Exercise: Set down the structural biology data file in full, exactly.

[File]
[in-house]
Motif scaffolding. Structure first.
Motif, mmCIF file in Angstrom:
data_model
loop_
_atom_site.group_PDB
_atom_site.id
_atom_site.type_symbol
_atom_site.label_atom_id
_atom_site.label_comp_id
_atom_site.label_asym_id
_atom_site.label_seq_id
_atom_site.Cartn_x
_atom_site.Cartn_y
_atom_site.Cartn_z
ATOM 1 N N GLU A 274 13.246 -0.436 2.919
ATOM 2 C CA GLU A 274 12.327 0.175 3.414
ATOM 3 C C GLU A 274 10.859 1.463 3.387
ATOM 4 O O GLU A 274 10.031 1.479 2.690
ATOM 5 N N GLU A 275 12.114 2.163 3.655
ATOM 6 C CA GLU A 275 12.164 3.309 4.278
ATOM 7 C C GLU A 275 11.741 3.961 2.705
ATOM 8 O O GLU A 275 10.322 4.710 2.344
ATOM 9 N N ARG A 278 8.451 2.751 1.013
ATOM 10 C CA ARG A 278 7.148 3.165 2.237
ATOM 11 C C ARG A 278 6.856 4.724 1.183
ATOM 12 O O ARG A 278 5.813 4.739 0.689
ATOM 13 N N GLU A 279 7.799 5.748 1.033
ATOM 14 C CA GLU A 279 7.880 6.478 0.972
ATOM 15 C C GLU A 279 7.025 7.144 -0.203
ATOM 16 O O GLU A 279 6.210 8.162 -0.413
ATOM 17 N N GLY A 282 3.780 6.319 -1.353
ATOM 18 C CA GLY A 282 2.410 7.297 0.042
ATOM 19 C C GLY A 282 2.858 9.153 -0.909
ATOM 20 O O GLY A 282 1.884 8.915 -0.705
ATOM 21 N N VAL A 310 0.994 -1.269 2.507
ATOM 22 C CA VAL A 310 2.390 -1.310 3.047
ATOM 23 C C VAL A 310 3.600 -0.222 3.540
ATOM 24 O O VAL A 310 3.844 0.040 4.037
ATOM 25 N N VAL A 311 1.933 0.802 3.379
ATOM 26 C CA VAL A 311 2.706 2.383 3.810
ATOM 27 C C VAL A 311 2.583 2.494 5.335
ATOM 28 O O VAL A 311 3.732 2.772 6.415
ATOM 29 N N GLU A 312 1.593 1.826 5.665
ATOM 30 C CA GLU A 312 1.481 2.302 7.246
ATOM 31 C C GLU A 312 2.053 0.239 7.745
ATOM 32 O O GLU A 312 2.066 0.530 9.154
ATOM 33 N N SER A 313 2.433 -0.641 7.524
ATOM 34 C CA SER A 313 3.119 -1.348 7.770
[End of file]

[in-house]
Motif scaffolding. Structure first.
Motif, mmCIF file in Angstrom:
data_model
loop_
_atom_site.group_PDB
_atom_site.id
_atom_site.type_symbol
_atom_site.label_atom_id
_atom_site.label_comp_id
_atom_site.label_asym_id
_atom_site.label_seq_id
_atom_site.Cartn_x
_atom_site.Cartn_y
_atom_site.Cartn_z
ATOM 1 N N GLU A 274 13.246 -0.436 2.919
ATOM 2 C CA GLU A 274 12.327 0.175 3.414
ATOM 3 C C GLU A 274 10.859 1.463 3.387
ATOM 4 O O GLU A 274 10.031 1.479 2.690
ATOM 5 N N GLU A 275 12.114 2.163 3.655
ATOM 6 C CA GLU A 275 12.164 3.309 4.278
ATOM 7 C C GLU A 275 11.741 3.961 2.705
ATOM 8 O O GLU A 275 10.322 4.710 2.344
ATOM 9 N N ARG A 278 8.451 2.751 1.013
ATOM 10 C CA ARG A 278 7.148 3.165 2.237
ATOM 11 C C ARG A 278 6.856 4.724 1.183
ATOM 12 O O ARG A 278 5.813 4.739 0.689
ATOM 13 N N GLU A 279 7.799 5.748 1.033
ATOM 14 C CA GLU A 279 7.880 6.478 0.972
ATOM 15 C C GLU A 279 7.025 7.144 -0.203
ATOM 16 O O GLU A 279 6.210 8.162 -0.413
ATOM 17 N N GLY A 282 3.780 6.319 -1.353
ATOM 18 C CA GLY A 282 2.410 7.297 0.042
ATOM 19 C C GLY A 282 2.858 9.153 -0.909
ATOM 20 O O GLY A 282 1.884 8.915 -0.705
ATOM 21 N N VAL A 310 0.994 -1.269 2.507
ATOM 22 C CA VAL A 310 2.390 -1.310 3.047
ATOM 23 C C VAL A 310 3.600 -0.222 3.540
ATOM 24 O O VAL A 310 3.844 0.040 4.037
ATOM 25 N N VAL A 311 1.933 0.802 3.379
ATOM 26 C CA VAL A 311 2.706 2.383 3.810
ATOM 27 C C VAL A 311 2.583 2.494 5.335
ATOM 28 O O VAL A 311 3.732 2.772 6.415
ATOM 29 N N GLU A 312 1.593 1.826 5.665
ATOM 30 C CA GLU A 312 1.481 2.302 7.246
ATOM 31 C C GLU A 312 2.053 0.239 7.745
ATOM 32 O O GLU A 312 2.066 0.530 9.154
ATOM 33 N N SER A 313 2.433 -0.641 7.524
ATOM 34 C CA SER A 313 3.119 -1.348 7.770